Educational effectiveness: A necessity

Conferences on research and creation, initiated by the Research Office of Campus Saint-Jean, continued, November 29, 2015 as the Assistant Professor of Education Psychology, Jerome St-Amand, addressed the question of the necessity of educational effectiveness.

17 December 2015

"This is an area of research that is very important for teachers and heads of education departments," Mr. St-Amand declared in front of thirty people gathered for the occasion.

According to him, the area of research on educational effectiveness (Educational Effectiveness Research, ERA) was developed in response to the research by Coleman et al. (1966) and Jencks et al. (1972) aimed at examining the equality of educational opportunity in the United States at a time when racial segregation was rampant.

Without undermining the importance given to quality education, these researchers nevertheless suggested that the school contributed considerably to student learning. In this context, academic achievement was somehow pre-determined by certain variables such as socioeconomic status, ethnicity or family background, to name a few, highlighting the fact that school played a secondary role.

Research background

Professor St-Amand explained later that the field of EER, historically, is classified in four distinctive phases with specific characteristics. The first phase was primarily aimed to demonstrate the variability of the effectiveness of schools and teachers; in other words, "researchers to trigger learning within students at that time, had to highlight schools and teachers that stood out of the lot."This first phase was directly in response to the aforementioned reports.

In the late 1970s, the second phase of EER helped in identifying the first efficiency factors directly associated with student learning. Edmond's report (1979), for example, is repeatedly cited to illustrate the second phase of this research area. "This report identified five key factors associated with student learning, as follows : ( 1) effective educational leadership, (2) high expectations for students, (3) an emphasis on basic skills, (4) an orderly and safe climate, and (5) a regular assessment of students' progress," Jerome St-Amand noted.

The third phase had the objective to improve the understanding of the influence of certain variables on educational effectiveness. Three theoretical frameworks, each aiming to explain why and how certain features contribute to the educational effectiveness, have been considered in this phase: (1) economic orientation, (For example, the influence of material and financial resources); (2) the sociological orientation (For example, peers influence, ethnicity, student gender, socioeconomic status); and (3) psychological orientation (For example, motivational influence, student ability).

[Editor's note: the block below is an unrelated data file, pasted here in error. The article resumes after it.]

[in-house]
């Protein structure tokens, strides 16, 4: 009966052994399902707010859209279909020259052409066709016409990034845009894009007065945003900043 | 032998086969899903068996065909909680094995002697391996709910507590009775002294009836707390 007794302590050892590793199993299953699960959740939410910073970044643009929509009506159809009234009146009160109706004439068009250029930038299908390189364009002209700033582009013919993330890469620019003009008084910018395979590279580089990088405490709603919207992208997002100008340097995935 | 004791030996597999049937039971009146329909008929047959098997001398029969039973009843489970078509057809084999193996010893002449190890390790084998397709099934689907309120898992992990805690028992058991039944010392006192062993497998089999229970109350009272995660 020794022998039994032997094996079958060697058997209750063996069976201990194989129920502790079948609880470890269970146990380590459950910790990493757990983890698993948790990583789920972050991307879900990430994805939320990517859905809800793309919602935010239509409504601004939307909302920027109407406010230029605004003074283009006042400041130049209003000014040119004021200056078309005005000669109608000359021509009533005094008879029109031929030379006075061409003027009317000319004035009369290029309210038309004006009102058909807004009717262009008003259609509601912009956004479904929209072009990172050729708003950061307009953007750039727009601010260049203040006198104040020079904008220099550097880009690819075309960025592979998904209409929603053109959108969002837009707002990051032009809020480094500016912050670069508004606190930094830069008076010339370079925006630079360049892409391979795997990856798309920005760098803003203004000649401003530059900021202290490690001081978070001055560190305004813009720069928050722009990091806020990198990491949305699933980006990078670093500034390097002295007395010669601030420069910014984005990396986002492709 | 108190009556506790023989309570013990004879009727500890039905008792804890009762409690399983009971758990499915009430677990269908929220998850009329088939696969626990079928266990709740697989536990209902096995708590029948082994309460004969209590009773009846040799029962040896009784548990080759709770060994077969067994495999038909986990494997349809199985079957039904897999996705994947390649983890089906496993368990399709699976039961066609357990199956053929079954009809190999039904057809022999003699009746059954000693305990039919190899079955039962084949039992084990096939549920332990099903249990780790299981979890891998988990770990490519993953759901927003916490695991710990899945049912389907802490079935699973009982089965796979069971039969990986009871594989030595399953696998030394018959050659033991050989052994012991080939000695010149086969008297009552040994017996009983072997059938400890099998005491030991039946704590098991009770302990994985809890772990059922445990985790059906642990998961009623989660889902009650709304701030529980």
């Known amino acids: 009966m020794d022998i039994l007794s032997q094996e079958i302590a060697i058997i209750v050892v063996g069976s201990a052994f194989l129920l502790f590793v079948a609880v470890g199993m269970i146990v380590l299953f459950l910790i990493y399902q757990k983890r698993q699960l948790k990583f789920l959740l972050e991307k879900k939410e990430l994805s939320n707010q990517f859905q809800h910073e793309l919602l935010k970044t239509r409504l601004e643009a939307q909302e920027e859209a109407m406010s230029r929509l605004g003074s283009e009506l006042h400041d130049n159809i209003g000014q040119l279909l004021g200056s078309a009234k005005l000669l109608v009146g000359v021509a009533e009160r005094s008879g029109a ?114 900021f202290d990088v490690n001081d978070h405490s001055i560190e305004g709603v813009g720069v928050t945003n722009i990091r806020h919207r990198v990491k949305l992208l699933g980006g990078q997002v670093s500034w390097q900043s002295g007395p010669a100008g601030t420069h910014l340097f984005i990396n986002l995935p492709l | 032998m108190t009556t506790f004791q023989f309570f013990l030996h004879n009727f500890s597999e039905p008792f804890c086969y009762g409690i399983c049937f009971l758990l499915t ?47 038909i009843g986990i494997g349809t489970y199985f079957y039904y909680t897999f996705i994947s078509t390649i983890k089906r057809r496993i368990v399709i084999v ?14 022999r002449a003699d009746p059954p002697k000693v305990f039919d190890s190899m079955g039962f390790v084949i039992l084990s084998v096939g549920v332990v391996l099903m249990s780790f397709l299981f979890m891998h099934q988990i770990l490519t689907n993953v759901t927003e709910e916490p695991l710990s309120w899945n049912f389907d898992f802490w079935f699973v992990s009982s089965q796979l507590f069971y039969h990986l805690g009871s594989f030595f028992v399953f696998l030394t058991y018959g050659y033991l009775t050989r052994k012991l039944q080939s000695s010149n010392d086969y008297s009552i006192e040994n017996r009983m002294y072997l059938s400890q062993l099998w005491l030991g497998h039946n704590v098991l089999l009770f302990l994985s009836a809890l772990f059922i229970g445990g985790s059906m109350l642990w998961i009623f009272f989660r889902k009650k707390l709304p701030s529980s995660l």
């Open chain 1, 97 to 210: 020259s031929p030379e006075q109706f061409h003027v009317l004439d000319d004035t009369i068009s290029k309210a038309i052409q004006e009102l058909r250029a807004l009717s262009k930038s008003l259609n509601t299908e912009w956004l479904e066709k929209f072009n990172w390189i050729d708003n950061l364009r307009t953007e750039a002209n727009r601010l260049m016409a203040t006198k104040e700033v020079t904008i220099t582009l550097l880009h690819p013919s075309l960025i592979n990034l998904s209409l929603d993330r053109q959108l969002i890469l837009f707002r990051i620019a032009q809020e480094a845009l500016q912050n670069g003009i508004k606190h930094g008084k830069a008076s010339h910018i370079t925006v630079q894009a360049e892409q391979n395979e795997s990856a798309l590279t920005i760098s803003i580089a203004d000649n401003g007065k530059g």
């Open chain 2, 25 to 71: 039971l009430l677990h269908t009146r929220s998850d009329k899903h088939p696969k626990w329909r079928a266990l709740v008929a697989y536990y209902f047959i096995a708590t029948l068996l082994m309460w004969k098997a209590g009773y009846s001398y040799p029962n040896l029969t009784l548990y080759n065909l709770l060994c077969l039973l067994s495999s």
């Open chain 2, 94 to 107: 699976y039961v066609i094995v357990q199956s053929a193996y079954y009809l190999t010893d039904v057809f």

The Assistant Professor of Educational Psychology concluded the explanation of the historical background situating the search field within the current scientific perspectives: "We are right now in the fourth phase where attempts to establish links between research on efficiency factors and research on how to improve socio- educational environments."

Professor St-Amand raised the point that, nowadays, when it comes to research on educational effectiveness, better known under the English terminology Educational Effectiveness Research, "the emphasis is on the expression of Educational Effectiveness, instead of Teacher Effectiveness and School Effectiveness, to emphasize on the importance of conducting studies combining school effectiveness and educational efficiency; a combination that could help identify and better understand the interactions between variables from class, school, and individual levels , as well as their potential influence on student learning. Finally, it is important to note that the EER refers to the overall functioning of the school system and can therefore be used to develop models of efficiency, "he explained.

Research Prospects

Referring to the book So Much Reform, So Little Change (Payne, 2008), Jerome St. Amand believes that "it is very difficult to understand why so much effort dedicated to educational reforms have such mixed results "he said.

The assistant professor also intends to focus his next research on educational ineffectiveness (School ineffectiveness) and specifically on the decline in education (School decline), defined as "the decrease in the ability of school to contribute positively to student achievement. Studies on academic decline are indispensable to understand the dysfunction of schools, "the researcher said.

And it is in this viewpoint that Professor St-Amand intends to examine how the dynamics in the long run of social relationships among teachers and students from effective and ineffective schools in a linguistic minority context.